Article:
• Leppänen, Jaakko Johannes; Weckström, Jan; Korhola, Atte (2017)
    Acid mine drainage (AMD) is acknowledged to have long-lasting impacts on aquatic environments. Hence, mines have also been detected to pose problems years after closure due to the leaching of toxic drainage initiated by sulfide oxidation. To assess the effects of chronic but relatively low volume acid mine drainage derived from the Haveri copper-gold mine operating between 1938 and 1960 on a freshwater bay in southern Finland, we compared cladoceran assemblages from the pre-mining period with contemporary populations using paleolimnological approaches and multiple sediment cores. The cladoceran community of the pre-mining era differed significantly from the contemporary community of the lake (ANOSIM R = 0.91; p = 0.0001), but closely resembled the contemporary community of a nearby non-polluted reference site. Our results suggest that the differences in species compositions between pre-mining and contemporary samples are most likely caused by eutrophication and not by the AMD impact. Because AMD at our study site is most intense during the spring snowmelt period, cladocerans may avoid seasonal pollution peaks through winter dormancy. Possible pollution peaks resulting from heavy rains during the summer may have negative impacts on the cladoceran community, but such short-term impacts are probably rapidly counteracted by immigration from cleaner areas of the lake.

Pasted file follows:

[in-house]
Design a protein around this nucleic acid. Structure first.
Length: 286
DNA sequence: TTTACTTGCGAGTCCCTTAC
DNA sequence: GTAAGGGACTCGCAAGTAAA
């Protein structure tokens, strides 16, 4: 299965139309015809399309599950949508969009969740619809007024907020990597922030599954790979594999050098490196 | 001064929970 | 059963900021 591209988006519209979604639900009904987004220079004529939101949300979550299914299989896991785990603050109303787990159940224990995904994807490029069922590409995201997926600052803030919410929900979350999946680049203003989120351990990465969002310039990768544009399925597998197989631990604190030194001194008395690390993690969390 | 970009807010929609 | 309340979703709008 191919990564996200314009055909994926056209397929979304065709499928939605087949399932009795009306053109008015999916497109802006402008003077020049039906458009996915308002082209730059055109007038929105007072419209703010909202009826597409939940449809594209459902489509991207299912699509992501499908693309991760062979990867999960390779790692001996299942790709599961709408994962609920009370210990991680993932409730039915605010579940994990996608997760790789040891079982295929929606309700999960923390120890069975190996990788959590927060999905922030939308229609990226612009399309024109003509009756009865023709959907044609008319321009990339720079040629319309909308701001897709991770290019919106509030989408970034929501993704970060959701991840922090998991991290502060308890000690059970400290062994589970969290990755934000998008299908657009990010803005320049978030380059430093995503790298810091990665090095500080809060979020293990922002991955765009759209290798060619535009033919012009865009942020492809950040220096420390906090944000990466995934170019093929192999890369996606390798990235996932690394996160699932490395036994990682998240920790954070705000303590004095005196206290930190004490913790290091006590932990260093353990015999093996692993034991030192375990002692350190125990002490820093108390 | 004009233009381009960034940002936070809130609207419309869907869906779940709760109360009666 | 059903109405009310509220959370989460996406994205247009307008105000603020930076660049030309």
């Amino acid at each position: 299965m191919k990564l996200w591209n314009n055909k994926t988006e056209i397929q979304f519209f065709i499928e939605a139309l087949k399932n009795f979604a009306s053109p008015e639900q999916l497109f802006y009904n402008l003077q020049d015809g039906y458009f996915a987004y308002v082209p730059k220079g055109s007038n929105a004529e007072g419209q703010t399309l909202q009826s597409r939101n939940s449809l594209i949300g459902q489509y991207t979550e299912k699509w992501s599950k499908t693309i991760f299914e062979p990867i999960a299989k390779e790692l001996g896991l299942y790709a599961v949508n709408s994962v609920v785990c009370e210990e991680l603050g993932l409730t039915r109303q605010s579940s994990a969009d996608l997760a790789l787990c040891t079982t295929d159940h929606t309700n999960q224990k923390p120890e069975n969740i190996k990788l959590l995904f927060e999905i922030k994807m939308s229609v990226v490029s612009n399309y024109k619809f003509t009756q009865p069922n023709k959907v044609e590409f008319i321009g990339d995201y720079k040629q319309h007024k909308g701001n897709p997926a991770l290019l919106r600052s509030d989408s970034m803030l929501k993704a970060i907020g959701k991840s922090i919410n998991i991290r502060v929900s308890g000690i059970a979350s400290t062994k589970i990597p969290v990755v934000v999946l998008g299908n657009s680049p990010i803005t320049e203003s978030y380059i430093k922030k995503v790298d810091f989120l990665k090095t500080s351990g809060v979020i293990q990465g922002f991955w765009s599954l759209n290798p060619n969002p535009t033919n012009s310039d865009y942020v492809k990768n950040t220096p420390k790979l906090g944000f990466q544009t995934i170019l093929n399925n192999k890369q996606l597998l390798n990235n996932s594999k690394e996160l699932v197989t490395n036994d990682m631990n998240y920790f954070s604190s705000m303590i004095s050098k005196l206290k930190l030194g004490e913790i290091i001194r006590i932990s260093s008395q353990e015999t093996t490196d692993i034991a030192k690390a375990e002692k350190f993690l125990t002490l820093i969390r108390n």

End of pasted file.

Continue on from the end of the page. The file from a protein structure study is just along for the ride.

• Luoto, Tomi P.; Rantala, Marttiina V.; Kivilä, E. Henriikka; Nevalainen, Liisa (2019)
    A key question in aquatic elemental cycling is related to the influence of bottom water oxygen conditions in regulating the burial and release of carbon under climate warming. In this study, we used head capsules of Chironomidae larvae to assess community and diversity change between the past (estimated as Pre-Industrial Period) and present and to reconstruct changes in hypolimnetic oxygen conditions from 30 subarctic ecotonal lakes (northeastern Lapland) using the top-bottom paleolimnological approach applying surface sediment (topmost 0-2 cm) and reference (4-5 cm) samples. Subsequently, we tested the findings against dissolved organic carbon (DOC) concentration of the sites. We found that the benthic communities were statistically dissimilar between the past and the present with largest changes occurring in the more transparent oligo-mesohumic lakes. However, murky polyhumic lakes displayed uniformly a decrease in diversity. The chironomid-inferred oxygen values showed a general decrease toward the present with largest shifts in low-DOC lakes, whereas no significant changes were found in the hypolimnetic oxygen conditions of high-DOC lakes, which were often located in wet-land areas. These finding suggest that lakes associated with constant organic carbon inputs are more resilient toward climate-induced reductions in hypolimnetic oxygen. (c) 2018 Elsevier B.V. All rights reserved.